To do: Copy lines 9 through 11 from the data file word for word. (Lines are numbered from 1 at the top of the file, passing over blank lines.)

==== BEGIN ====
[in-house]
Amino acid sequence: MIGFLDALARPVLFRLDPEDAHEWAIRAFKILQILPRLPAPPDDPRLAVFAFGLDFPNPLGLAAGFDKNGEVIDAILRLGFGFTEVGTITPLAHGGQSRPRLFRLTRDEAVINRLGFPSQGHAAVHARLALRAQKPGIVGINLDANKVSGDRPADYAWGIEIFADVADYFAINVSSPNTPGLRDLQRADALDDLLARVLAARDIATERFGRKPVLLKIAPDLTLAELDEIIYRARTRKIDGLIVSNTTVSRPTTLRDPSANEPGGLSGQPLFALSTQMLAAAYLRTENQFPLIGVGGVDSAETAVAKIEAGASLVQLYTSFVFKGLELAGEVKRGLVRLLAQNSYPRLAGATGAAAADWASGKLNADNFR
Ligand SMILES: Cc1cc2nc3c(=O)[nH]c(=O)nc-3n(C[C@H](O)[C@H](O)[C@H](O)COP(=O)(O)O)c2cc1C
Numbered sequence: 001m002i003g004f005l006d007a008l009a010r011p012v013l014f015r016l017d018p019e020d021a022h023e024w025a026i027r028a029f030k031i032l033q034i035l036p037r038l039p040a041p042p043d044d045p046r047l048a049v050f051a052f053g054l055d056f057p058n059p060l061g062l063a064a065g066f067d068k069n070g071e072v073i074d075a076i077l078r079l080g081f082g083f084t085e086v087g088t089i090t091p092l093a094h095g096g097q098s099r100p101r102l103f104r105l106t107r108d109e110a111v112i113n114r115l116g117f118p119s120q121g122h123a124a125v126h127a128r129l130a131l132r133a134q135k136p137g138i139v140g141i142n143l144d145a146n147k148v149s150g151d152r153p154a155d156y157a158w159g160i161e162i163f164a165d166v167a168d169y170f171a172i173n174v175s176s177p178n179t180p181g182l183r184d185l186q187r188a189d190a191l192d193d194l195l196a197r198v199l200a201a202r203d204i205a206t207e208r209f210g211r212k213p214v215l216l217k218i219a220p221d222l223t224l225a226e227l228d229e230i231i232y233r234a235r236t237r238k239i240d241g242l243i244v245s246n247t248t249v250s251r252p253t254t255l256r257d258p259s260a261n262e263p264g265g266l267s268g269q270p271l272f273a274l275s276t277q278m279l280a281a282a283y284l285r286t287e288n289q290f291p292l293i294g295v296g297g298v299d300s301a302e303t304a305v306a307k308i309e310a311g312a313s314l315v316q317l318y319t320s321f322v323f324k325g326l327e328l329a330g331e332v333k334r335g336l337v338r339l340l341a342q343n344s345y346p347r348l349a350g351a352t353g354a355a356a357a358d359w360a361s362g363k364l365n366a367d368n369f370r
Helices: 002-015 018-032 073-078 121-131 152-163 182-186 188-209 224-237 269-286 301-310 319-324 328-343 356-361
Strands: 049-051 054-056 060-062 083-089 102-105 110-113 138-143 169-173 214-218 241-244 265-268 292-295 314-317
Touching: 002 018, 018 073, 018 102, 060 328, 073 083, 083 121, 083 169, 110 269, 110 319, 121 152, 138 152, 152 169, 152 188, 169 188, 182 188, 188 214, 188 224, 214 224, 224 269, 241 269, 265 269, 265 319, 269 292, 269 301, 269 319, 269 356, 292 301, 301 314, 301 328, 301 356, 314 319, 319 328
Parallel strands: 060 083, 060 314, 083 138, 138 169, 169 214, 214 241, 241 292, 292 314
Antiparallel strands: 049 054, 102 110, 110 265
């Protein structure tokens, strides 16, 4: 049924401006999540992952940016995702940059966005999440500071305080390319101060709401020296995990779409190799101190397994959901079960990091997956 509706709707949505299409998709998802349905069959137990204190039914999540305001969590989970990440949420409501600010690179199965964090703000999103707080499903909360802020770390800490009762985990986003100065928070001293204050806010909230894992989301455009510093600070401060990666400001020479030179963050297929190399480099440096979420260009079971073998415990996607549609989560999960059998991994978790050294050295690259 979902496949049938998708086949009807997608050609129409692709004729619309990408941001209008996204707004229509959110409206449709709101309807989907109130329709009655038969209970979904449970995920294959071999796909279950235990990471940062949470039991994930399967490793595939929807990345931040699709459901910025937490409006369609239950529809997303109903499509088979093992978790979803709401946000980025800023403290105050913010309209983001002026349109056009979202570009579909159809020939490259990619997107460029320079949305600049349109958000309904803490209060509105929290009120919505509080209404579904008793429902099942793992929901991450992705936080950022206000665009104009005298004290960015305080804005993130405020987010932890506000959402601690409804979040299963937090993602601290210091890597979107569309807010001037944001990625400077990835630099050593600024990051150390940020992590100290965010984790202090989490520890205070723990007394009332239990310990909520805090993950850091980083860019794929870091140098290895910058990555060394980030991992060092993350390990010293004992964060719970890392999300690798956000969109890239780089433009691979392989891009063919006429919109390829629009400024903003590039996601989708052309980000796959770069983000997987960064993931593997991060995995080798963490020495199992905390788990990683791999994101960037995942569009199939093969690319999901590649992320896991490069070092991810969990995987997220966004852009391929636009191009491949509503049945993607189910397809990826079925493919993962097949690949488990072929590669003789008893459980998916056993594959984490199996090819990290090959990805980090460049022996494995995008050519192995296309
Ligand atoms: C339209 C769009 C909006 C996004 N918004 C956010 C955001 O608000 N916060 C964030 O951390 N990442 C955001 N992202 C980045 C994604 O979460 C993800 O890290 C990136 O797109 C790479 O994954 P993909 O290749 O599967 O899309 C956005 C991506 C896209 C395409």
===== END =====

Antiparallel strands: 049 054, 102 110, 110 265
């Protein structure tokens, strides 16, 4: 049924401006999540992952940016995702940059966005999440500071305080390319101060709401020296995990779409190799101190397994959901079960990091997956 509706709707949505299409998709998802349905069959137990204190039914999540305001969590989970990440949420409501600010690179199965964090703000999103707080499903909360802020770390800490009762985990986003100065928070001293204050806010909230894992989301455009510093600070401060990666400001020479030179963050297929190399480099440096979420260009079971073998415990996607549609989560999960059998991994978790050294050295690259 979902496949049938998708086949009807997608050609129409692709004729619309990408941001209008996204707004229509959110409206449709709101309807989907109130329709009655038969209970979904449970995920294959071999796909279950235990990471940062949470039991994930399967490793595939929807990345931040699709459901910025937490409006369609239950529809997303109903499509088979093992978790979803709401946000980025800023403290105050913010309209983001002026349109056009979202570009579909159809020939490259990619997107460029320079949305600049349109958000309904803490209060509105929290009120919505509080209404579904008793429902099942793992929901991450992705936080950022206000665009104009005298004290960015305080804005993130405020987010932890506000959402601690409804979040299963937090993602601290210091890597979107569309807010001037944001990625400077990835630099050593600024990051150390940020992590100290965010984790202090989490520890205070723990007394009332239990310990909520805090993950850091980083860019794929870091140098290895910058990555060394980030991992060092993350390990010293004992964060719970890392999300690798956000969109890239780089433009691979392989891009063919006429919109390829629009400024903003590039996601989708052309980000796959770069983000997987960064993931593997991060995995080798963490020495199992905390788990990683791999994101960037995942569009199939093969690319999901590649992320896991490069070092991810969990995987997220966004852009391929636009191009491949509503049945993607189910397809990826079925493919993962097949690949488990072929590669003789008893459980998916056993594959984490199996090819990290090959990805980090460049022996494995995008050519192995296309
Ligand atoms: C339209 C769009 C909006 C996004 N918004 C956010 C955001 O608000 N916060 C964030 O951390 N990442 C955001 N992202 C980045 C994604 O979460 C993800 O890290 C990136 O797109 C790479 O994954 P993909 O290749 O599967 O899309 C956005 C991506 C896209 C395409």